(more…)

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Any hopes John Della Bosca had of being Premier were shattered last night when it emerged he had an affair earlier this year with a 26 year old woman.

Late last night Della Bosca called Premier Nathan Rees and informed him he was resigning as Health Minister and leader of the the government in the Legislative Council. He also issued a statement:

Tonight I have advised the Premier of my intention to resign as health minister and leader of the government in the NSW Legislative Council.

At no time did I breach my duties as a minister or member of parliament. I took the decision to resign following a series of questions put to me about my personal life.

I do not want this issue to be a distraction to the government. I regret some personal decisions I made and I am deeply sorry for the hurt I have caused my family.

It has been a privilege to serve the people of NSW.

This is going to have far reaching political ramifications throughout NSW. The scandal sucks out whatever oxygen the Rees government had left and allows the Opposition to make mileage on what is often regarded as the most important issue of concern in the state – health. The timing of this allegation is a bit too convenient for it to be coincidental, given the weeks of leadership speculation and today’s caucus meeting.

Nathan Rees might feel as though he has some breathing room now that one of the top contenders for his job has been knocked out but there’s just too many other people calling for his scalp.

The other issue to consider is the government’s performance in the Legislative Council, where Della was leader. With four different micro parties and independents to deal with, Della, who was respected across parties and knew how to get things done, managed to deal his way through most government legislation. Now that The Shooters have gone feral and O’Farrell is willing to inflict maximum political pain regardless of his principles, the person Rees promotes will have to be much more capable than Rees himself.

Update: Attorney-General John Hatzistergos has been appointed care taker Health Minister pending a reshuffle.

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Rees terminal

Breaking: The Daily Telegraph will report tomorrow that Labor powerbroker Eddie Obeid has told Nathan Rees he no longer has his support and also that Rees’ staff have no idea where he is.

If this is the case, I expect a spill this week or next.

Update: Here’s the story:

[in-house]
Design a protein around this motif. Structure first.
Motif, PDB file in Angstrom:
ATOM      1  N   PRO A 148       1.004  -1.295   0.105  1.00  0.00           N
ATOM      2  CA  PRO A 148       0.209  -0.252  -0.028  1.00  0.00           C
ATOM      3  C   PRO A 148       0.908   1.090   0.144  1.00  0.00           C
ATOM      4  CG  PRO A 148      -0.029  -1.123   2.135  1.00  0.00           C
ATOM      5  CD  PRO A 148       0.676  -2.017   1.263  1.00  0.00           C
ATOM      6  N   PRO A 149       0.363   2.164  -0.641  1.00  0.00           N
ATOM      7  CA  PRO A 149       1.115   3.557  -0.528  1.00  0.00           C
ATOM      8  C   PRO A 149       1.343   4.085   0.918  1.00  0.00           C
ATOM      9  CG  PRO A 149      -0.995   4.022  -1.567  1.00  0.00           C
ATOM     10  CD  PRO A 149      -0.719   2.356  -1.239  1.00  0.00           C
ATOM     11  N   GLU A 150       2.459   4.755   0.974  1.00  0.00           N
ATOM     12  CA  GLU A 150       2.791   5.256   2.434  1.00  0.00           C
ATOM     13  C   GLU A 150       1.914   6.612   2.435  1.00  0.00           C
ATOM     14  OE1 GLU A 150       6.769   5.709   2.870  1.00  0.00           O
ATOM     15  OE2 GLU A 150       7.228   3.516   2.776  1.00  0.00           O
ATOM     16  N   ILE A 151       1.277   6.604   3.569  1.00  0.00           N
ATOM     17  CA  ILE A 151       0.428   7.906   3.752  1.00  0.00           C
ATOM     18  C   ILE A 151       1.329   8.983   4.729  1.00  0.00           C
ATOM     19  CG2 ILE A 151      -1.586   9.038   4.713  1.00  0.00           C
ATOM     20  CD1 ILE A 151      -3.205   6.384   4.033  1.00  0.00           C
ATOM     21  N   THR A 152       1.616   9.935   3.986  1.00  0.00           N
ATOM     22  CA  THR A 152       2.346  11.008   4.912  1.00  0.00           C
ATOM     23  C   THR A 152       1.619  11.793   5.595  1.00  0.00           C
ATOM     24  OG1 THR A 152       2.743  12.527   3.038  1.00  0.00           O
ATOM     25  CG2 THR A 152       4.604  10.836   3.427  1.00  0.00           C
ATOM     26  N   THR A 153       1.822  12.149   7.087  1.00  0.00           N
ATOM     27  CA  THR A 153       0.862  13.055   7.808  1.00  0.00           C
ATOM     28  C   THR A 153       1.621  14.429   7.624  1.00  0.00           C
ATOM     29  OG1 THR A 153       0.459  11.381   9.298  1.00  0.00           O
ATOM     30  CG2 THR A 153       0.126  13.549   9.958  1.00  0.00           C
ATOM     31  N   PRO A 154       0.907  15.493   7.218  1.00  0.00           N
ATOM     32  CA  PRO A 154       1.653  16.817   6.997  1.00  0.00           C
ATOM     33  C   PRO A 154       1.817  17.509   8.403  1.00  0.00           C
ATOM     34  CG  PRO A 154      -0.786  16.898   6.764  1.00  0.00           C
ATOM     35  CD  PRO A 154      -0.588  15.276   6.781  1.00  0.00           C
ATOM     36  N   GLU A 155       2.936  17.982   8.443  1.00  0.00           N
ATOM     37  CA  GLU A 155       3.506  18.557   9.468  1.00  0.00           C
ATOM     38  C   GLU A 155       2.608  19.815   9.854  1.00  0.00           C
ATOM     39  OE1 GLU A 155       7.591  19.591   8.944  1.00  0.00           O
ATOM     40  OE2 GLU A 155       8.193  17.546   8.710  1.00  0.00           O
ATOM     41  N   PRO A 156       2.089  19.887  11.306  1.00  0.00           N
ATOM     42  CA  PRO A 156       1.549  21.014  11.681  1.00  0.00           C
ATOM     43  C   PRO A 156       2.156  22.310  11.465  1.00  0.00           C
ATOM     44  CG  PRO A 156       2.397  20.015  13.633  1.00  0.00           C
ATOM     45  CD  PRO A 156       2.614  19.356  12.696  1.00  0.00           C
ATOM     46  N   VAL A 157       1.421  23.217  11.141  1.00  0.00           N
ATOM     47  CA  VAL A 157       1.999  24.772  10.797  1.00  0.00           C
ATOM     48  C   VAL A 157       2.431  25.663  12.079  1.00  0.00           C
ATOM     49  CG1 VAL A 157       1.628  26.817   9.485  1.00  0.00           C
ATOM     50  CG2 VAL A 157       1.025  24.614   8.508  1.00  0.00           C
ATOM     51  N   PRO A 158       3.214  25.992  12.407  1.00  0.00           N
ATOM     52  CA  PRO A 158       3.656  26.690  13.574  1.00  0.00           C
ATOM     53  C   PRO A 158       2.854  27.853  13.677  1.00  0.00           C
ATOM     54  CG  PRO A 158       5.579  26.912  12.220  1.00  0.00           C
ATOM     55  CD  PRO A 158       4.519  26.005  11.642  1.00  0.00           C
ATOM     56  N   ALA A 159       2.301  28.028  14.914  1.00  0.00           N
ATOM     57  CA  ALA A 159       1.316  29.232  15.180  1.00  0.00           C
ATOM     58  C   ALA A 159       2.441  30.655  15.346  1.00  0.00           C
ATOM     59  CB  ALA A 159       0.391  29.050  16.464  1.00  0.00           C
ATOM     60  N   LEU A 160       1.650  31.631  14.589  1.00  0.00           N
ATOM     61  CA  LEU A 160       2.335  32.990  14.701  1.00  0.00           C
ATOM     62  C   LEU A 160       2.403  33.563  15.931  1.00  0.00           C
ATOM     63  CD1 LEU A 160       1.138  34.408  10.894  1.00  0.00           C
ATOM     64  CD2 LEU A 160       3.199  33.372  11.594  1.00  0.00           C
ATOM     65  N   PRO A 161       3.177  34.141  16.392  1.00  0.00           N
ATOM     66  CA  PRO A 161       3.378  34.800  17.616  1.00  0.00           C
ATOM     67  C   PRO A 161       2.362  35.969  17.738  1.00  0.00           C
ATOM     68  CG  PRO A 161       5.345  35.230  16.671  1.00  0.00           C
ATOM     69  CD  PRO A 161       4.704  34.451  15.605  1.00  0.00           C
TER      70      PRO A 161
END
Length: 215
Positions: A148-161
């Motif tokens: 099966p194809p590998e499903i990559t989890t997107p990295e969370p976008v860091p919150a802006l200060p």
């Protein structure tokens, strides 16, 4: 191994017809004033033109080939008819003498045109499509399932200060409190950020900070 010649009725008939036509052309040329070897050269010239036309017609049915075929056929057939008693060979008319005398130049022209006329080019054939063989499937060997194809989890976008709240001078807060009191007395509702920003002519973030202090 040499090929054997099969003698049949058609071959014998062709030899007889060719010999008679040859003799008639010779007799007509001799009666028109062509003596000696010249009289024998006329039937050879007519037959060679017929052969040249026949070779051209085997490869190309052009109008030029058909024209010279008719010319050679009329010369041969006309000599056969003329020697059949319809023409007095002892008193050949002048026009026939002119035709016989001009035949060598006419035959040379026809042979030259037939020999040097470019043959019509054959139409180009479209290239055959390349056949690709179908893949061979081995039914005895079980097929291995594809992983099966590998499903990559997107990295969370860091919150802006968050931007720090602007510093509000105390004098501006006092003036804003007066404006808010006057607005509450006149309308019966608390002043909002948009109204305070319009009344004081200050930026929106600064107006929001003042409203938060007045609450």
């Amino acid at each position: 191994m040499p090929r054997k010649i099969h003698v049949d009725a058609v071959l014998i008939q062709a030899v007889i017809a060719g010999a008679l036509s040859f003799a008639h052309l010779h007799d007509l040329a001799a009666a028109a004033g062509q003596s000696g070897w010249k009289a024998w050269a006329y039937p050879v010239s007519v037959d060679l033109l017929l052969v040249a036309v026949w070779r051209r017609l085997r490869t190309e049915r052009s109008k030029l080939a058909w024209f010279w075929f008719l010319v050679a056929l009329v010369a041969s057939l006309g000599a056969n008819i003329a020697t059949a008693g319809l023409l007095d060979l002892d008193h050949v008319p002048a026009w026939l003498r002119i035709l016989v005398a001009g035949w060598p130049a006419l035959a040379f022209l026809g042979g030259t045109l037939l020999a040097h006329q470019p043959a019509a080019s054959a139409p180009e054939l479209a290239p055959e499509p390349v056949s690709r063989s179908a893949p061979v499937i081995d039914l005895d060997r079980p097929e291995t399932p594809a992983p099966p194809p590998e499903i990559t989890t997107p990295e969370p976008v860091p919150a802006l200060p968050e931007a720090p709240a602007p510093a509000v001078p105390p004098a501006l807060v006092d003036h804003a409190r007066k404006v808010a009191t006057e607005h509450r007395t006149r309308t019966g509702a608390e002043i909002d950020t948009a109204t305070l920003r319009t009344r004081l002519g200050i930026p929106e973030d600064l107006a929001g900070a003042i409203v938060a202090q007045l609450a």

The Daily Telegraph can reveal Labor kingmaker Eddie Obeid met with Mr Rees and told him he should consider resigning.

Mr Rees has not surfaced since taking a week-long holiday on Saturday. Bizarrely, the official line from Mr Rees’ office yesterday was: “I don’t know where he is.”

Update 2: Channel Nine’s political reporter has apparently been briefed by a number of MP’s, including a “senior cabinet minister” confirming that Rees will be thrown out early next week and replaced with Planning Minister Kristina Keneally.

Update 3: It appears that Nathan Rees has issued a statement effectively declaring that he isn’t going anywhere. If we take the last couple of developments at face value you can come up with a fairly plausible scenario. The Obeid/Tripodi faction that were supporting Rees have now thrown their weight behind Kristina Keneally. Rees is digging his heels in and counting the numbers. No word on whether the non-Tripodi Right will back Rees, Keneally or their own candidate (Della Bosca?).

This article seems to suggest that the Labor Party is trying to quell rumours of an imminent spill. It suggests that John Della Bosca is spreading rumours of a Tripodi-Keneally deal to spread disarray within the party.

I don’t think Della Bosca is that stupid. But any political journalist stupid enough to take what Della Bosca or his supporters say about leadership issues on face value should be sacked.

To me, this smacks of damage control. If the deal to push Rees out was made and it was going to happen next week, the last thing the plotters would have wanted was the story leaked days before, creating and exposing all sorts of tensions within the party.

Update 4: It looks like we were right to be sceptical of any deal. The Daily Telegraph, who broke the story, are backtracking very quickly.

The rumours that a deal had been done for Mr Rees to resign next week in favour of Ms Keneally – who is holidaying in the US – appear to have stemmed from a bizarre text message sent from Indonesia.

Rebel MP Tony Stewart sent a text to backbenchers yesterday morning from Jakarta claiming to have knowledge of a deal. Labor head office also swung in behind Mr Rees last night to protect his leadership amid reports a deal had been done between factional warlords for him to resign.

The leaking of a supposed resignation deal is believed to have also been pushed by MPs in the camp of Health Minister John Della Bosca, who is believed to be manoeuvring to challenge Mr Rees for his job.

But Labor MPs said yesterday it was still too soon – mainly because there was no obvious replacement.

I always find it hilarious that our widely read and supposedly respected newspapers can make an unequivocal statement one day, contradict it the next and continue to act as though they are the irrefutable bastions of truth.

I don’t think is the end of leadership speculation for this week.